Take the 2-minute tour ×
Stack Overflow is a question and answer site for professional and enthusiast programmers. It's 100% free, no registration required.

I am thinking of creating a multi-platform portable C++ server-client application. Is it even possible while using only standard libraries? If no, what other libraries are there?

Are there any improvements in this direction in C++11x? Like for threads, now we have std::threads.

To make it more clear.. I want something like boost::thread, which provides multiplatform portable multithreading, for networking.

And why C++ doesn't have libraries(standard) for such basic things like networking?

Update: Comparing to Python, which has everything (almost) built in to it... why not in C++?

share|improve this question
    
Don't try to compare the Python standard library with that of C++. That will just annoy the snake and leave you disappointed. –  Greg Hewgill Mar 21 '12 at 23:35
    
Consider Boost ASIO, POCO and (possibly) ACE. I believe ASIO has been proposed for C++ TR2, so it's likely to end up in the standard library eventually, just hasn't yet. –  Jerry Coffin Mar 21 '12 at 23:36
    
@GregHewgill- Lol.. no offense, no war intended but I believe C/C++ are the most powerful(not feature rich or something) languages. What do you think? –  questions Mar 21 '12 at 23:39
    
I don't think you can measure languages on a single "more powerful / less powerful" dimension. Each language has their different purposes and sometimes one is more suitable than another. You have to consider aspects such as how long it's going to take you to write your code in the first place. –  Greg Hewgill Mar 21 '12 at 23:42
3  
Oh, mr. questions. Networking is far, far, very far from a "basic" thing. –  user405725 Mar 21 '12 at 23:45

3 Answers 3

up vote 4 down vote accepted

There is Boost Asio. It has existed for "only" a small number of years...long ago we had ACE, but it feels dated now.

share|improve this answer
    
I always thought Boost Asio was for Asynchronous I/O as name says. –  questions Mar 21 '12 at 23:36
1  
Socket programming is often, and perhaps best, done with asynchronous components. The two go rather hand-in-hand (though Boost Asio does let you do things without sockets too). –  John Zwinck Mar 21 '12 at 23:40
2  
boost::asio lets you do synchronous socket programming too. –  Chad Mar 22 '12 at 0:37

There have been many attempts to provide such a cross-platform library for networking over the years. The Berkeley socket library comes pretty close (and probably comes with your OS), but there are still platform-specific differences. Qt has network socket classes that attempt to be cross-platform within the subset of platforms that Qt normally supports. You can probably find lots of others.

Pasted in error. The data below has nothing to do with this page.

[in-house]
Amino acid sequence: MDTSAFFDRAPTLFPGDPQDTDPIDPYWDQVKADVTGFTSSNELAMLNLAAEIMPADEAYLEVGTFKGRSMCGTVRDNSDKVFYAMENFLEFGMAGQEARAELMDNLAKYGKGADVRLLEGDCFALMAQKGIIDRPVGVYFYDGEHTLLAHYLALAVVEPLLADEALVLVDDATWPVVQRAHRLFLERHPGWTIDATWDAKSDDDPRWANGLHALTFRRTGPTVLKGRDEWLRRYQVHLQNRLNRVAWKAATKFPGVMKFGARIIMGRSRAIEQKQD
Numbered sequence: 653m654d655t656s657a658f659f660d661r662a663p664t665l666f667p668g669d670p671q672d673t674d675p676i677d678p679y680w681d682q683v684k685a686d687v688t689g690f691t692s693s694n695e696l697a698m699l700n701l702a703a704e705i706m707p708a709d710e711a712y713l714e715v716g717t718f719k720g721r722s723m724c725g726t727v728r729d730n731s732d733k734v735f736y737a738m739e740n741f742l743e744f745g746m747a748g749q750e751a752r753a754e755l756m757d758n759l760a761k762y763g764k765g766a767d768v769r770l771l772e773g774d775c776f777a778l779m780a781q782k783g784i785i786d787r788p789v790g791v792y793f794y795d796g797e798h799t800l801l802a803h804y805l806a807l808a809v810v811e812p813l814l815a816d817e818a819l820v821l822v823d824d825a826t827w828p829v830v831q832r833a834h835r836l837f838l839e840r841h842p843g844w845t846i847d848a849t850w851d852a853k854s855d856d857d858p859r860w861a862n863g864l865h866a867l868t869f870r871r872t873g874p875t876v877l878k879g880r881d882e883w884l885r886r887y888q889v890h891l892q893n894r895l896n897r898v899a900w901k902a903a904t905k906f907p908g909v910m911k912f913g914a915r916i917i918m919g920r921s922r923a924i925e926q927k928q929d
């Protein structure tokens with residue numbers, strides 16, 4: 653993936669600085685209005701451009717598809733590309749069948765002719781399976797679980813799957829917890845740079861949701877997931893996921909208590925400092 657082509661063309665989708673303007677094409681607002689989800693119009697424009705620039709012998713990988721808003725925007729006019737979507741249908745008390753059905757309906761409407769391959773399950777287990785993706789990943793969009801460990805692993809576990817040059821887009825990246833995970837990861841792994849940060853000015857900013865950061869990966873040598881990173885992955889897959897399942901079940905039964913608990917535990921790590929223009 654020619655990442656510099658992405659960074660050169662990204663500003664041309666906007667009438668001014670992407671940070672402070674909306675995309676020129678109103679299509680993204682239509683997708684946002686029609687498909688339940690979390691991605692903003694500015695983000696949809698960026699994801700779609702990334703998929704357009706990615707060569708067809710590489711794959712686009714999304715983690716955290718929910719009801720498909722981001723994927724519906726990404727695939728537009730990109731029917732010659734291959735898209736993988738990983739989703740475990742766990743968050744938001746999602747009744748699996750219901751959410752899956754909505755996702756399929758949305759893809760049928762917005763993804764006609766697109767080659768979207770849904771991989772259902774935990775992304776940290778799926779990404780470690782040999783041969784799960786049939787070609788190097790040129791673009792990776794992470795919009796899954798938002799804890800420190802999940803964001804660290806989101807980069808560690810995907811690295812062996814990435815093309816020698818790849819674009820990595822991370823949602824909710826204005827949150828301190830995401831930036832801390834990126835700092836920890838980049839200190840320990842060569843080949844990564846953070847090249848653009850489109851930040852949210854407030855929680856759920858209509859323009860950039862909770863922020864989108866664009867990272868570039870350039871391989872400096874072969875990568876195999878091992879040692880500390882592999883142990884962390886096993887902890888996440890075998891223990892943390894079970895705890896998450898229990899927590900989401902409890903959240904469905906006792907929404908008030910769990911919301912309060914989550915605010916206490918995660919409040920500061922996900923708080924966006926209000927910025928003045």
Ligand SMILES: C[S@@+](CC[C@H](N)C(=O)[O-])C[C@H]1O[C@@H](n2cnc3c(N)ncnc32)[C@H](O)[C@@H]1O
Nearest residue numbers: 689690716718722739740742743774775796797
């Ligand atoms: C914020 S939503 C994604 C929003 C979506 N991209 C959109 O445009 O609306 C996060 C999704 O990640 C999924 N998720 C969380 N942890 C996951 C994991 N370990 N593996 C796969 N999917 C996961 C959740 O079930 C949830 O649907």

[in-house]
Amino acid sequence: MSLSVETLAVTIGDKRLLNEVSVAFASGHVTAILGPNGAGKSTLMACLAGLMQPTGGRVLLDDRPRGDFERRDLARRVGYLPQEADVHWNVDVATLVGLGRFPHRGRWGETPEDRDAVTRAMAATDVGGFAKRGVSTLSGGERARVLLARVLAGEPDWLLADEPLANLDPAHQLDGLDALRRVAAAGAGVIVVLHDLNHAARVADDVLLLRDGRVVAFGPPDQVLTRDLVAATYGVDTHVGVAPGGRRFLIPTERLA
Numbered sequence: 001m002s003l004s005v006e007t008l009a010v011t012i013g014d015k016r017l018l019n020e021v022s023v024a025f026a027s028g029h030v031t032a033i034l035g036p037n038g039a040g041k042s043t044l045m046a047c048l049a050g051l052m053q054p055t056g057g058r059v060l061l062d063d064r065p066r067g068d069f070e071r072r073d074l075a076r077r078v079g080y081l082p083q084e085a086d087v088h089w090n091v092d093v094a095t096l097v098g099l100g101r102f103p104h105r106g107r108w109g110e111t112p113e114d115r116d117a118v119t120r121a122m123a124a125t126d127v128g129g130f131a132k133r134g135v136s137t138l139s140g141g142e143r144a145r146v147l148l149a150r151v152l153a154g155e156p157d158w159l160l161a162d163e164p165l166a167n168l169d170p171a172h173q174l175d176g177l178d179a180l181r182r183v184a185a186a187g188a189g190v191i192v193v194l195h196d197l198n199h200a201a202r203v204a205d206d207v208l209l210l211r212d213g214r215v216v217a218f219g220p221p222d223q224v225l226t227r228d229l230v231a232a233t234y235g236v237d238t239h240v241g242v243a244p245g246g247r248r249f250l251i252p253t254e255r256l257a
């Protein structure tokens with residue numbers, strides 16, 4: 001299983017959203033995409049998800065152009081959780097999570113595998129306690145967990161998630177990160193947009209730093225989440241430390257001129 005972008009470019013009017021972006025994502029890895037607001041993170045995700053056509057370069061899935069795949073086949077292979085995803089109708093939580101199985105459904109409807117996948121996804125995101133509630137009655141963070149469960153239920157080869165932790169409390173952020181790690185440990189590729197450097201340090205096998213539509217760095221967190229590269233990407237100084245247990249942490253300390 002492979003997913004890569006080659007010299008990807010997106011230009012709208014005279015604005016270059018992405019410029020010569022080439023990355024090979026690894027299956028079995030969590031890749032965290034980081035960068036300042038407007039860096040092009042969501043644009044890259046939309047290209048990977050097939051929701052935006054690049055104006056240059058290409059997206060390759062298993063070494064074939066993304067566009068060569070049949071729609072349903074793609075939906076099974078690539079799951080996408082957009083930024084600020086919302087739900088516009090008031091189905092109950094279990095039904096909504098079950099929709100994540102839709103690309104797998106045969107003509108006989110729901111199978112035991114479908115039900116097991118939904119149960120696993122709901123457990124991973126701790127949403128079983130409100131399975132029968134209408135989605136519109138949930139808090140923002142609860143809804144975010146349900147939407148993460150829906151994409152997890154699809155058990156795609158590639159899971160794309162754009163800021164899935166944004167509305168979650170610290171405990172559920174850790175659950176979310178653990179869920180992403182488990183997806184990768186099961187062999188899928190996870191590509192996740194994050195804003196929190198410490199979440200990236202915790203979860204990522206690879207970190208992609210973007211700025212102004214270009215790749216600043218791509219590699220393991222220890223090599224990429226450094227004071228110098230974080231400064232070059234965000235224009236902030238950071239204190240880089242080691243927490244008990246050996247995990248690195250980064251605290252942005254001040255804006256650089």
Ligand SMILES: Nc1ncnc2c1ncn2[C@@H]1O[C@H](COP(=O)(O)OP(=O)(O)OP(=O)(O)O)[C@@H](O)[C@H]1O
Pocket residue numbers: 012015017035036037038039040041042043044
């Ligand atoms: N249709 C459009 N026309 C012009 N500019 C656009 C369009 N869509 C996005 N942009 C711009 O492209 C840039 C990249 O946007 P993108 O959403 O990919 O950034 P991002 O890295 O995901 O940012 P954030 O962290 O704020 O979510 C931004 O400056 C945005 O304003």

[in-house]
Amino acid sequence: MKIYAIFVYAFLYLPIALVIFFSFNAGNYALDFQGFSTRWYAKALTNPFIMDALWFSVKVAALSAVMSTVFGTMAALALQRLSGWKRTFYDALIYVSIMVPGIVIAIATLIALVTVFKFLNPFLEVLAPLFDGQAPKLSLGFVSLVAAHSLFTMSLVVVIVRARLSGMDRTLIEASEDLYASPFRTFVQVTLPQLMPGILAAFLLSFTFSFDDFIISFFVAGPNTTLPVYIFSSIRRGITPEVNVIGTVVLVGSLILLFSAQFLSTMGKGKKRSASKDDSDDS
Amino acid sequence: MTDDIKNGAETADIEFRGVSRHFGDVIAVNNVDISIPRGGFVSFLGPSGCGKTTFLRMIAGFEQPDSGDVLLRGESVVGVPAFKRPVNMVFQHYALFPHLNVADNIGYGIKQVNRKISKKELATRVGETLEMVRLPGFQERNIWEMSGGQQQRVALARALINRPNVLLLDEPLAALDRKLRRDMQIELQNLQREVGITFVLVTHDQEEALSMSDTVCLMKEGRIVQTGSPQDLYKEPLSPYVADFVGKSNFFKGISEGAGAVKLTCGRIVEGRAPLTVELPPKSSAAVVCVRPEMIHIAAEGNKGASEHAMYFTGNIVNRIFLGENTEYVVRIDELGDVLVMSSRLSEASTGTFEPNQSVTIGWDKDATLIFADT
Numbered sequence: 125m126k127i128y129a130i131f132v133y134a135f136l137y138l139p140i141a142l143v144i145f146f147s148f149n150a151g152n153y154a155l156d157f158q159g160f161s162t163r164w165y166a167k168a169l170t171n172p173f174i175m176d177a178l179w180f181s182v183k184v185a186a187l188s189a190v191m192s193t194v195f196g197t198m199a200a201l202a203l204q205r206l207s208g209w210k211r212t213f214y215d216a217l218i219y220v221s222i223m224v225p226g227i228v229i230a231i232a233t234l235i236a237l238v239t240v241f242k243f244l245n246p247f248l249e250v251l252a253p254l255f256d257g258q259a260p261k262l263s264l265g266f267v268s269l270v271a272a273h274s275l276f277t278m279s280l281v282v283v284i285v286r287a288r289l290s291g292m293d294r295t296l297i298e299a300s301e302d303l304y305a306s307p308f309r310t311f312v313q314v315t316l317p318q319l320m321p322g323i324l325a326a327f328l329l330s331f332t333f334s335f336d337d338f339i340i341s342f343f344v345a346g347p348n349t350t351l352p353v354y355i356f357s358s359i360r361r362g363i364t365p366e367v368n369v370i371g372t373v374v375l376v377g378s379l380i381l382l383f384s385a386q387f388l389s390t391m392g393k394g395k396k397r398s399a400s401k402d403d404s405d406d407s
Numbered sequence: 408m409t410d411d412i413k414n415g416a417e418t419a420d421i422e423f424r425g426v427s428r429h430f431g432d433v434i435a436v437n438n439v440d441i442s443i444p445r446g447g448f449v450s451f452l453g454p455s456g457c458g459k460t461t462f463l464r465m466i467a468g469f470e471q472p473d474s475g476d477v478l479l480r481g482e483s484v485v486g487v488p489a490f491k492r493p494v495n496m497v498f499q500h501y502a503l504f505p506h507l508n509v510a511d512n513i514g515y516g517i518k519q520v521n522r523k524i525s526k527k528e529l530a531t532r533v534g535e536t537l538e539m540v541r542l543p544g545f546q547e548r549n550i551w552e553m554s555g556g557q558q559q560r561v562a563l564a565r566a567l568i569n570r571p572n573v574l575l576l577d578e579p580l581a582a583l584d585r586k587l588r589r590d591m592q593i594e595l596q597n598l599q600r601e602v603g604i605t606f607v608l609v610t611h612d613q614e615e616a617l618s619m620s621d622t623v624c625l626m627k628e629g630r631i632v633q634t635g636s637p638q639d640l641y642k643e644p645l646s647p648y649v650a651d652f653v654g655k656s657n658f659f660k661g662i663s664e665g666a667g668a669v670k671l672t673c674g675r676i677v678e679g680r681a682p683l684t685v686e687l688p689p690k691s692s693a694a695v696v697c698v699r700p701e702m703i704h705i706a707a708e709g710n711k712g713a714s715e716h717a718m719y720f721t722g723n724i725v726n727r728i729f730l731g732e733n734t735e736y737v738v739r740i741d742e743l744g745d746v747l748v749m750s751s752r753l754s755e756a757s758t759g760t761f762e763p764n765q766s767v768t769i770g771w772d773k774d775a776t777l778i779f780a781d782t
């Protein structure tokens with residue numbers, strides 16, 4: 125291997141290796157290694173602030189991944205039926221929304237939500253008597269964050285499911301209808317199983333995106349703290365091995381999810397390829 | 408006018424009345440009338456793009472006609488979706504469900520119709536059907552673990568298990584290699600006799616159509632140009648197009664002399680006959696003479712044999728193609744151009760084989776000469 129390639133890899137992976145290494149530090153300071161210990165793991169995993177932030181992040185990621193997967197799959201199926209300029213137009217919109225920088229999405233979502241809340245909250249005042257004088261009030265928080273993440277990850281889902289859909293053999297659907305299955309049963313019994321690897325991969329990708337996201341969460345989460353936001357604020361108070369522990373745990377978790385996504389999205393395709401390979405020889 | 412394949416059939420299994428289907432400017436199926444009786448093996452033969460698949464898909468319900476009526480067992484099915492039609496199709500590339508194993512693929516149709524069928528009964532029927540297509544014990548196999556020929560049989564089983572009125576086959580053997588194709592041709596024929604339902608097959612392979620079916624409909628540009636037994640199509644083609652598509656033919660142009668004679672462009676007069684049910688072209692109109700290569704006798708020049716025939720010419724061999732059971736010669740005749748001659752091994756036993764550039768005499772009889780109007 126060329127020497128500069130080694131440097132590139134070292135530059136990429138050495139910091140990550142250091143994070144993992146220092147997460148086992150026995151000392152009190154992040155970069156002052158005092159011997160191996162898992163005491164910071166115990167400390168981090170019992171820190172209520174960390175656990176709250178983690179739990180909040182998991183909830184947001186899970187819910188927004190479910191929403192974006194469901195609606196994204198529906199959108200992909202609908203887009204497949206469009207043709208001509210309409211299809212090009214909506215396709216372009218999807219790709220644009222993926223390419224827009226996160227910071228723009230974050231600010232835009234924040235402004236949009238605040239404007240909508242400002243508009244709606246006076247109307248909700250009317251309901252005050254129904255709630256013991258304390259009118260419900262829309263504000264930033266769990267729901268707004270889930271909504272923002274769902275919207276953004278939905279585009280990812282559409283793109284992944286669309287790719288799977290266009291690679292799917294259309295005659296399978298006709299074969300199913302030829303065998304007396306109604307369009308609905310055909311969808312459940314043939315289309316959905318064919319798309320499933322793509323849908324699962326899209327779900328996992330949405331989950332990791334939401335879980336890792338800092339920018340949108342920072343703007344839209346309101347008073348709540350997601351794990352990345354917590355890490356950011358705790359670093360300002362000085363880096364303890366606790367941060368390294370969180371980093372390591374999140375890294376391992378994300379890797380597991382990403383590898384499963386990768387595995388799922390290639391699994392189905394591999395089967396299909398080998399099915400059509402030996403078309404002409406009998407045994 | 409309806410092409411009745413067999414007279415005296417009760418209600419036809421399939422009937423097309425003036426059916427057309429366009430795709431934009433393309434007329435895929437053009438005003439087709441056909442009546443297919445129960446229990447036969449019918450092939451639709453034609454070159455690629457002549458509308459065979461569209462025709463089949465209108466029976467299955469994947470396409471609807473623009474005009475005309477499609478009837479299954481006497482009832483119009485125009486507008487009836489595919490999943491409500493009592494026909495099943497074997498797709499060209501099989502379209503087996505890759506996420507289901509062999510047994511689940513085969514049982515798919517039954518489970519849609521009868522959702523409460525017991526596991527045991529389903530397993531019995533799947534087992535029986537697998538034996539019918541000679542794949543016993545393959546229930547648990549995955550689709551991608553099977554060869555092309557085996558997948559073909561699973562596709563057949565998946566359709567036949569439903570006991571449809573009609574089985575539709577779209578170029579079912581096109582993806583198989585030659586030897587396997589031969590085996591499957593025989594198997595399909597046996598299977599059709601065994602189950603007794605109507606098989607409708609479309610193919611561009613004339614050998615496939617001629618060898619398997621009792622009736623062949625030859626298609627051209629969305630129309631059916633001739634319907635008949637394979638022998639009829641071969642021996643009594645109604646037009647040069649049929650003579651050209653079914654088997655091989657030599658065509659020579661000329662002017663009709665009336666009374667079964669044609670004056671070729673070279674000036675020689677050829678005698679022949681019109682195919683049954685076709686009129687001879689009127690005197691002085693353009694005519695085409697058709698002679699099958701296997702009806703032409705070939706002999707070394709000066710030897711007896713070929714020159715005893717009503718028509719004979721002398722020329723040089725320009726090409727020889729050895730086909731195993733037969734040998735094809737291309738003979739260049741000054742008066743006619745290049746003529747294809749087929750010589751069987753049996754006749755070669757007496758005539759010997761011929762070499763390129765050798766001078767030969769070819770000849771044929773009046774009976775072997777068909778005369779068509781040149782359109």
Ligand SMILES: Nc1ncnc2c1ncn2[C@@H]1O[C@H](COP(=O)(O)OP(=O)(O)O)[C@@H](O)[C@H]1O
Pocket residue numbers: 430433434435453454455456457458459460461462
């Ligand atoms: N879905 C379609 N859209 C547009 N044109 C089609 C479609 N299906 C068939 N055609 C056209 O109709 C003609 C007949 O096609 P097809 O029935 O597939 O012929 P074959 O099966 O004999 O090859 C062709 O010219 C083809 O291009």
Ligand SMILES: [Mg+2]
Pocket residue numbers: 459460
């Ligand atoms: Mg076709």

There is no language standard networking library for C or C++ analogous to std::thread.

share|improve this answer
    
I use Windows.. though I love Linux :D –  questions Mar 21 '12 at 23:32
1  
The Winsock library that comes with Windows is the Berkeley socket library. You just need to call one Windows-specific function (WSAStartup()) and then you can use it normally. –  Greg Hewgill Mar 21 '12 at 23:33
1  
So using that can I write a portable application, which can be compiled directly on different platforms without any changes? –  questions Mar 21 '12 at 23:37
1  
Sure, you just need a few #ifdef conditionals for platform-specific bits. –  Greg Hewgill Mar 21 '12 at 23:38

There is no standard portable option in C++11.

However the portable boost::asio is one of the best networking API's. It is based on the proactor pattern which is very efficient.

http://www.boost.org/doc/libs/1_49_0/doc/html/boost_asio.html

share|improve this answer
    
Is it for networking? I always thought it was for Asynchronous Input Ouput. –  questions Mar 21 '12 at 23:35
1  
Yes it is for networking primarily. and the proactor is an Asynchronous model. It is very good in my usage. –  111111 Mar 21 '12 at 23:36

Your Answer

 
discard

By posting your answer, you agree to the privacy policy and terms of service.

Not the answer you're looking for? Browse other questions tagged or ask your own question.